i have adventures (sometimes)

Wednesday, 2 April 2014

Guest Post: Emmie's Story

It's my second ever guest post! After I posted my untestimony, one of the things that struck me was how willing people were to share their own stories. It prompted me to invite a few people to tell them publicly.If you would like to tell your story of transition out of or into faith, nonymously or anonymously, I'd love to post it. Let me know.

Emmie sent me this one a shamefully long time ago. Sometimes I get overwhelmed and then panic and ignore all my emails and messages until it would be more awkward for me to reply than not. And that was what I did here. But this is a story that deserves to be told, and not just because the writer is so talented (her debut novel is being published later this year!), but because this is a beautiful, thoughtful and very personal story. So I owe her a big apology for waiting this long.

I became a Christian when I was fifteen years old.

My sister had converted when she married a Christian, and that summer she invited me to a Bible study with her where the pastor stuck me on the hot seat and started reciting my life verbatim.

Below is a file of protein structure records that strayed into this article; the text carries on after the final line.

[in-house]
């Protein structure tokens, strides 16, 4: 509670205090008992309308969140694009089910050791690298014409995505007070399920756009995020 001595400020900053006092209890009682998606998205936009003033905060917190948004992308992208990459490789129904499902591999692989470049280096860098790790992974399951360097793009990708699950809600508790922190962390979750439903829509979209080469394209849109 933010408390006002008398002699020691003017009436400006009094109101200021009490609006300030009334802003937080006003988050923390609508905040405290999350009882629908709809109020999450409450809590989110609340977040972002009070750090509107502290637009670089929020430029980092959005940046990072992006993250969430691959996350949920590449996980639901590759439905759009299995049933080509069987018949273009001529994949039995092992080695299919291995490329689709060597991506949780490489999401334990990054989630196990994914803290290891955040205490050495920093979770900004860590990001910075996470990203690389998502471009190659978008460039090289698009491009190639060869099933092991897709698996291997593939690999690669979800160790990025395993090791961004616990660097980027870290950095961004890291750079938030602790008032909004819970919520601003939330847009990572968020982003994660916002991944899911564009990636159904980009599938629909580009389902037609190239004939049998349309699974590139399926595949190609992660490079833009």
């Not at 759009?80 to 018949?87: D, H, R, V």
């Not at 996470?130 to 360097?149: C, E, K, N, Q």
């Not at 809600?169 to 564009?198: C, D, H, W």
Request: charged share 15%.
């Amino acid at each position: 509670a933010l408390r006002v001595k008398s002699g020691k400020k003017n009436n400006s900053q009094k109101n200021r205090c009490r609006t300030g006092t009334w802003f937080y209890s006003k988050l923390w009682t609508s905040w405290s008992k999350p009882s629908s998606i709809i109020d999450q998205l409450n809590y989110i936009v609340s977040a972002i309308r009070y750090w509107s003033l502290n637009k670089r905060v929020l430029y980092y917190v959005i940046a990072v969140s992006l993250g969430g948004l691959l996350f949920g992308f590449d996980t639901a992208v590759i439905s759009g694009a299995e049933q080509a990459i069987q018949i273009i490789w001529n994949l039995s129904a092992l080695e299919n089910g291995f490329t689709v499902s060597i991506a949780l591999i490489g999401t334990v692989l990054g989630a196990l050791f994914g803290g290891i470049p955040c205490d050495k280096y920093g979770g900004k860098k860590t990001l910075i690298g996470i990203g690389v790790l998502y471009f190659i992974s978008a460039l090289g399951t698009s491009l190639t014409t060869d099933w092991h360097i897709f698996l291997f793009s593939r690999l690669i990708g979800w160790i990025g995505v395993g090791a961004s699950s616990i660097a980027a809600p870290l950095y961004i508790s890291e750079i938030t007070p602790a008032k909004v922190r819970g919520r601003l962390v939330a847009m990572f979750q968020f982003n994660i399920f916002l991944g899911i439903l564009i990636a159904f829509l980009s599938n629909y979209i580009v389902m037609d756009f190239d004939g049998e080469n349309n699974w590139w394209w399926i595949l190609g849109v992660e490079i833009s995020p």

You see, I didn't realize at the time, but my sister had told Pastor Matt everything about our family, from my drug-addicted father to our gay moms to my self-esteem issues -- and he hit on every single point. It wasn't hard to convince me after that skillful playing of my unwitting heartstrings that Jesus would help me deal with my pubescent angst.

What I wanted most was a father and acceptance, and he offered both of those things. At least that's what I thought.

For years later, people would come up and congratulate me on finding Christ in spite of such a background.

My parents divorced when I was two. I grew up in abject poverty with a bisexual mother who was mostly involved with women for about 12 years of my early life, including the woman who brought my sister and brothers to our little family.

Growing up we had next to nothing, and I estimate that I have spent at least seven years of my life without having access to a real toilet or shower at home. We were also forced to move many times -- in my twenty-seven years, I have lived in over thirty-five homes, fifteen cities, eight states, and three countries.

In spite of the financial hardship, I had a loving and joyful childhood surrounded by the GLBTQ community. I had heaps of aunties running around rural Alaska who adored me, and later in Portland my favorite neighbors were a gay couple I loved. They had a Mexican hairless dog and a pot-bellied pig called Veronica, and they always welcomed me when I’d ride by on my bike.

When we left Alaska for Oregon, my mom sang in the Portland Lesbian Choir and took me to Pride each year. And Nee-Nee (as I called her) was another mother to me, often more emotionally stable than my own mom. On my wedding day this year I made sure to call Neeshonee. She was instrumental in my upbringing and taught me to respect the earth, to honor myself, and to create things with my hands. She is a beautiful woman, and I am a better person for her having been a part of my life.

But of course, my new church considered most of my upbringing sinful.